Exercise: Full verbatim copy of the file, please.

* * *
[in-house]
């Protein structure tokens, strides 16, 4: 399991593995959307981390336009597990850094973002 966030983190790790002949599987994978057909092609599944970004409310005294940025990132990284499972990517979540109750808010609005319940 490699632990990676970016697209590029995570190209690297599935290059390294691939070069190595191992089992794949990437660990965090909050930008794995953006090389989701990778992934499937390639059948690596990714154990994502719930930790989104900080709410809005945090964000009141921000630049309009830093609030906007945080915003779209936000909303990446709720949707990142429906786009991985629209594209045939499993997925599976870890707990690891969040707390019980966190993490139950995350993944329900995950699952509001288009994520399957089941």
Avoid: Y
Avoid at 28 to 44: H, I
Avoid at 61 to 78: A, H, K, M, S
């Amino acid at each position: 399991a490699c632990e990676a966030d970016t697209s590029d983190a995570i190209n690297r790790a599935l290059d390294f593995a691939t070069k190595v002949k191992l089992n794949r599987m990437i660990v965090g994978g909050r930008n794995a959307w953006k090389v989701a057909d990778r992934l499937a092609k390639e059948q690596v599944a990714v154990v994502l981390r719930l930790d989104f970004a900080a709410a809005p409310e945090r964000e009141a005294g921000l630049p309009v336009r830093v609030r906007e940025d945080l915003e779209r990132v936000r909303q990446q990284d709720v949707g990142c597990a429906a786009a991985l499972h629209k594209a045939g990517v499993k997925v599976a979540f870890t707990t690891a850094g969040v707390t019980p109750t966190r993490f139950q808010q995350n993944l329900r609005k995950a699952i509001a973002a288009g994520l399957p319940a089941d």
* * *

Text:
[in-house]
């Protein structure tokens, strides 16, 4: 399991593995959307981390336009597990850094973002 966030983190790790002949599987994978057909092609599944970004409310005294940025990132990284499972990517979540109750808010609005319940 490699632990990676970016697209590029995570190209690297599935290059390294691939070069190595191992089992794949990437660990965090909050930008794995953006090389989701990778992934499937390639059948690596990714154990994502719930930790989104900080709410809005945090964000009141921000630049309009830093609030906007945080915003779209936000909303990446709720949707990142429906786009991985629209594209045939499993997925599976870890707990690891969040707390019980966190993490139950995350993944329900995950699952509001288009994520399957089941």
Avoid: Y
Avoid at 28 to 44: H, I
Avoid at 61 to 78: A, H, K, M, S
């Amino acid at each position: 399991a490699c632990e990676a966030d970016t697209s590029d983190a995570i190209n690297r790790a599935l290059d390294f593995a691939t070069k190595v002949k191992l089992n794949r599987m990437i660990v965090g994978g909050r930008n794995a959307w953006k090389v989701a057909d990778r992934l499937a092609k390639e059948q690596v599944a990714v154990v994502l981390r719930l930790d989104f970004a900080a709410a809005p409310e945090r964000e009141a005294g921000l630049p309009v336009r830093v609030r906007e940025d945080l915003e779209r990132v936000r909303q990446q990284d709720v949707g990142c597990a429906a786009a991985l499972h629209k594209a045939g990517v499993k997925v599976a979540f870890t707990t690891a850094g969040v707390t019980p109750t966190r993490f139950q808010q995350n993944l329900r609005k995950a699952i509001a973002a288009g994520l399957p319940a089941d």